Last night I watched the CBS documentary by Jules and Gedeon Naudet, and James Hanlon, “9/11: 10 YEARS LATER,” and I was not alone. In addition to my husband, 10-year-0ld Danny was also on the couch with me.
Like our American tragedy, Danny was born in 2001, and he was nearly seven months old on 9/11. My husband and I were both at work at 8:46 a.m. when the north tower of the World Trade Center was hit, and Danny was in daycare with a lovely woman he called Lala, who was no doubt as far off al Qaeda’s radar as a person can be. Regardless, I still ranted to my husband that while on his way home from his newspaper job late that morning (a bomb scare forced the evacuation of his office–fun!) he had to first pick up Danny and bring him home. Our son simply had to be with one of us.
Brian refused to watch any of the news coverage that day in front of Danny, and we didn’t watch that night until he fell asleep. I’m not sure he could have comprehended any of what we saw on TV that September day–I barely could–but we were taking no chances.
Last night, however, a decade later and his cognitive abilities no doubt much further advanced, that documentary put him front and center on that horrific day–showing the only footage of the first plane striking the World Trade Center, footage from inside the north tower as the south one collapsed, and the first images of the dead among the rubble. Although we had, earlier that week, read a book aimed at helping kids understand 9/11–who were the terrorists, what is Islam, etc.– as we sat together, I still asked myself if I was doing the right thing by letting him watch.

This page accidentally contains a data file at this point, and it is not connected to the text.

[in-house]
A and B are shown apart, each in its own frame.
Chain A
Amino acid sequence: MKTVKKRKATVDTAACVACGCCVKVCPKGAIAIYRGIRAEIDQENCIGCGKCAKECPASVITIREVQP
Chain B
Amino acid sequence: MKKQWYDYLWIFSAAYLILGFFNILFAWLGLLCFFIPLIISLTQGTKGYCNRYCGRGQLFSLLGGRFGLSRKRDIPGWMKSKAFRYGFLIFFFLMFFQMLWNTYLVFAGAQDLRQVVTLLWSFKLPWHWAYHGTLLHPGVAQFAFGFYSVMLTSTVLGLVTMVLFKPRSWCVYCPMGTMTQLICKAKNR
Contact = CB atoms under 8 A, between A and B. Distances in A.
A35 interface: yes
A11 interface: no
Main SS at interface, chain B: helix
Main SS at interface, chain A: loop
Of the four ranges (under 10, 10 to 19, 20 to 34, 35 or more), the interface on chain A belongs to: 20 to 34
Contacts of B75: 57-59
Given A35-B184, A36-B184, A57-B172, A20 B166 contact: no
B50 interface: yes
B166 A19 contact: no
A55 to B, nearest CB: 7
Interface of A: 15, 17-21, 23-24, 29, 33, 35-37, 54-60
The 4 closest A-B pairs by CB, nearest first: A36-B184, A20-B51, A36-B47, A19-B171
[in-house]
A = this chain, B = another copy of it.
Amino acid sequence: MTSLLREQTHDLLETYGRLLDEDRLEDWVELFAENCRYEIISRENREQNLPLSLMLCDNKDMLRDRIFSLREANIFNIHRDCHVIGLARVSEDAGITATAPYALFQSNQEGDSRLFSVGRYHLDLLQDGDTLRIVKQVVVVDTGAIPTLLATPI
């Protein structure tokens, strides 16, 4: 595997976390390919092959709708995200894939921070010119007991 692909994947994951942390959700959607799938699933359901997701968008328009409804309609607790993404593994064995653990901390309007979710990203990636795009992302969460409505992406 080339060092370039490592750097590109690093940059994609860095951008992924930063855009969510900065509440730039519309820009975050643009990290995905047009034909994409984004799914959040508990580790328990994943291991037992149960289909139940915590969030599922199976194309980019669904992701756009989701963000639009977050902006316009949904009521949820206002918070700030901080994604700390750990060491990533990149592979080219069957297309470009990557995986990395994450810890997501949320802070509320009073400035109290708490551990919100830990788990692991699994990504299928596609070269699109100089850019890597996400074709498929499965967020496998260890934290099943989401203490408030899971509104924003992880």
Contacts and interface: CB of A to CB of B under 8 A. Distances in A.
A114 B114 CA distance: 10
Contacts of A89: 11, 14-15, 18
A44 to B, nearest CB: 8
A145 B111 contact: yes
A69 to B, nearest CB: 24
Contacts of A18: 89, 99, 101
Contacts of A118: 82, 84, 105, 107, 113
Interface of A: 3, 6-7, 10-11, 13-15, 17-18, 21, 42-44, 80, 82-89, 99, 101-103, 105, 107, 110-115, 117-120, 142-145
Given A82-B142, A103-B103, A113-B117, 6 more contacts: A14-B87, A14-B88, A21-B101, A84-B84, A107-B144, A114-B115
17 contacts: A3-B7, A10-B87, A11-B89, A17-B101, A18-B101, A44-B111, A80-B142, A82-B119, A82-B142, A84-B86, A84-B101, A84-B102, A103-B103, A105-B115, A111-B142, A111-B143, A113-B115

We have never been the parents who hide anything from our child (guess what, 7-year-old Danny–your dad has cancer!) believing it is far too hard to remember lies and that our child deserves to be treated as we wish to be treated–with respect. And there is so much more to this tragedy–in the negative and positive. It let us talk philosophically about hate and adversity. It let us recognize the senseless nature of tragedy. It let us talk about what is a hero–not someone who hits 50 home runs or can throw a Hail Mary touchdown pass, but rather airplane passengers who will give their lives to save so many others, and first responders who never ask “should I,” but just do.
It let us talk about why getting on a plane is such an ordeal, and how and why that changed from my childhood days when your family walked you to the gate and you could carry on a whole bottle of shampoo.
It let us talk about how communication has changed and how Twitter, Facebook, texting, video phones–all of social media–will forever change how we see, learn about and perceive future defining moments like this.
It let us talk about how much to treasure those we love, and how life can change in an instant, in a heart beat, in a single airplane flight.
Last night, as I tucked Danny into bed, we put aside our 9/11 book and went instead for the “Mysterious Benedict Society,” deciding we needed a little fun and fiction to cushion the stark reality of the day 10 years past. There will be of plenty of time to continue our reflection. Neither of us will ever forget.